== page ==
In various examples, when it is determined that the playlist is "popular ", the entire playlist is loaded into the mobile device regardless of whether the most likely playable media is the preferred media (see box 110) or similar media Or the most playback media in the playlist is loaded into the mobile device. Similarly, when it is determined that a non-playlist group of media (e.g., a particular "album", "artist", or "genre") is popular, Additional media may be selected for loading into the mobile device. The selection of preferred media, similar media, and other media for loading onto a mobile device is discussed in greater detail herein, for example, with reference to FIG.

At box 140, a selected subset of media in the collection (e.g., preferred media referenced by box 110, similar media referenced by box 120, and other media referenced by box 130) are loaded into the mobile computing device. Loading a media file may include loading all of the media files in the selected subset or the beginning of the media files in the selected subset. In various examples, some of the selected subset of media files are fully loaded and some are partially loaded. (E. G., Preferred media may be fully loaded and similar media and other media may be partially loaded). The mobile computing device may specify a particular amount of memory as available or as reserved for media loading. Thus, some of the selected low score media may not be loaded due to this memory suggestion.

The selected media may be transmitted over the network to the mobile computing device. Media currently stored on the mobile computing device may be removed such that the transmitted media replace the currently stored media. In this manner, the mobile device may include a portion of memory designated to store media that the user has been determined to be interested based on the current state of the mobile device. In addition, the mobile device may include media files stored on a more permanent basis. (I.e., until the user of the mobile device determines that they should be removed or replaced)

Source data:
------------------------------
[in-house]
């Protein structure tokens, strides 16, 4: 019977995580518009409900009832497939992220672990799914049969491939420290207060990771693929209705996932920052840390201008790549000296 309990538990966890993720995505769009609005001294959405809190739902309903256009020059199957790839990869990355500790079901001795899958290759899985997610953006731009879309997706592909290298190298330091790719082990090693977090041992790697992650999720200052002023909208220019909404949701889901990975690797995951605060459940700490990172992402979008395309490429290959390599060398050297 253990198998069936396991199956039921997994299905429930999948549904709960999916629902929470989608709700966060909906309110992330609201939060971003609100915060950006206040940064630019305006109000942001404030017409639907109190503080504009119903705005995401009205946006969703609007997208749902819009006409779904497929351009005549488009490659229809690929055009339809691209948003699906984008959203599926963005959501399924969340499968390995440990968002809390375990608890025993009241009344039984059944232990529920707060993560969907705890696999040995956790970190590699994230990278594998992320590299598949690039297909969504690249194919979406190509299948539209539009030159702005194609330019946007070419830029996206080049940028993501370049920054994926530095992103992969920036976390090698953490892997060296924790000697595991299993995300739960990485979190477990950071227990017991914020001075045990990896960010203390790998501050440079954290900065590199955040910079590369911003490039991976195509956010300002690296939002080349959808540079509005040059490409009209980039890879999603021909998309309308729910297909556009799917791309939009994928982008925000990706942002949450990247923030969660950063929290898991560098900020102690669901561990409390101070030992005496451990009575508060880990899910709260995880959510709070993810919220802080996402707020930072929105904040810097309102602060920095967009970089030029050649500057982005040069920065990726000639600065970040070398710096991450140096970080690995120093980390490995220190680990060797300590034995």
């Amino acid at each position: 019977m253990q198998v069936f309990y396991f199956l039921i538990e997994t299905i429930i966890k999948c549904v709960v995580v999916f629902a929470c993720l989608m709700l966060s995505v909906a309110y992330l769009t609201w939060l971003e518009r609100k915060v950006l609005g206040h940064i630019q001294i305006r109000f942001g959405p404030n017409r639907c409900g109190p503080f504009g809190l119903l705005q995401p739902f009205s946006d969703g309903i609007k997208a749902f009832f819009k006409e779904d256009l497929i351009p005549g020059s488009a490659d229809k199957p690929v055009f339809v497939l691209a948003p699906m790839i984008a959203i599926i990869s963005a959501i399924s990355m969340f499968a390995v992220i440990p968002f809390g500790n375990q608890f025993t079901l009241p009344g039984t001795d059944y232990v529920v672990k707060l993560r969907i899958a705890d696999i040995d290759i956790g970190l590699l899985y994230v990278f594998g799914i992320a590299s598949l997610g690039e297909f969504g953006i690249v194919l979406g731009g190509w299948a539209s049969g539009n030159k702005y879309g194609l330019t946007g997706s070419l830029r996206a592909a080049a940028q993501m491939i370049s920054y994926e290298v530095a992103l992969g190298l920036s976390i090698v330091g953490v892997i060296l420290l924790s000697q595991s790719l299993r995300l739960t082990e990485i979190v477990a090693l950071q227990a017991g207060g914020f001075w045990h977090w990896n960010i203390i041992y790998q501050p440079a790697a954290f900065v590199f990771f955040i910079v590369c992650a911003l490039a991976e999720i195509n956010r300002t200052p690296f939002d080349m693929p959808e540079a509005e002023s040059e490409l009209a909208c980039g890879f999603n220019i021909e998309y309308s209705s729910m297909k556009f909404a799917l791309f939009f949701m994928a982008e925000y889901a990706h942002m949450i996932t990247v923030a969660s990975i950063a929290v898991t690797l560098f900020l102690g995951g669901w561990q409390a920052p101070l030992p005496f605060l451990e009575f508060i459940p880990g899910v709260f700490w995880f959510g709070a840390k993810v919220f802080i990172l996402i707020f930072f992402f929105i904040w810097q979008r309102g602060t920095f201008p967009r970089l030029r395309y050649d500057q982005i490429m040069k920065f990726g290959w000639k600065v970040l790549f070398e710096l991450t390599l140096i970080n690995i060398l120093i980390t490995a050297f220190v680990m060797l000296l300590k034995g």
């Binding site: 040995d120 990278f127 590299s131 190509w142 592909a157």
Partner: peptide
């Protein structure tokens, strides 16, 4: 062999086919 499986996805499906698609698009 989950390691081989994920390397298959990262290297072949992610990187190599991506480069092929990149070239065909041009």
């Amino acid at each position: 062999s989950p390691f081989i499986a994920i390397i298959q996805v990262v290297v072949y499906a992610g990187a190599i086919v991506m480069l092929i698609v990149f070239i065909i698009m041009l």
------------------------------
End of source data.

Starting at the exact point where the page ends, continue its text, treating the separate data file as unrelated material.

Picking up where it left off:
The media may be transmitted to the mobile device without the mobile device providing any auditory-visual indication that the media is being transmitted. Thus, the mobile device may periodically (e. G. Every 10 minutes) determine the current state of the mobile device and determine the media content most relevant to the determined state. In some instances, the determination of a state may be triggered by movement of the mobile computing device (e.g., when the user walks with his mobile device with his mobile device after a certain period of time to keep the mobile device stationary). Thus, the user put his mobile device down for a period of time, and when he lifted the device, a set of different media files was loaded into the mobile device without user input.

At box 150, the loaded media is visually identified. In some instances, the loaded media files are displayed to the user of the mobile device differently from the unloaded media files. For example, an indication of a media file loaded from a playlist may be represented in a different color than a media file that has been added with an icon or not loaded into the mobile device. Thus, the user can identify which media files have been loaded into the mobile device as he searches his music collection. In some instances, a user may provide input that loads media files associated with the current state of the mobile device but does not play the media files.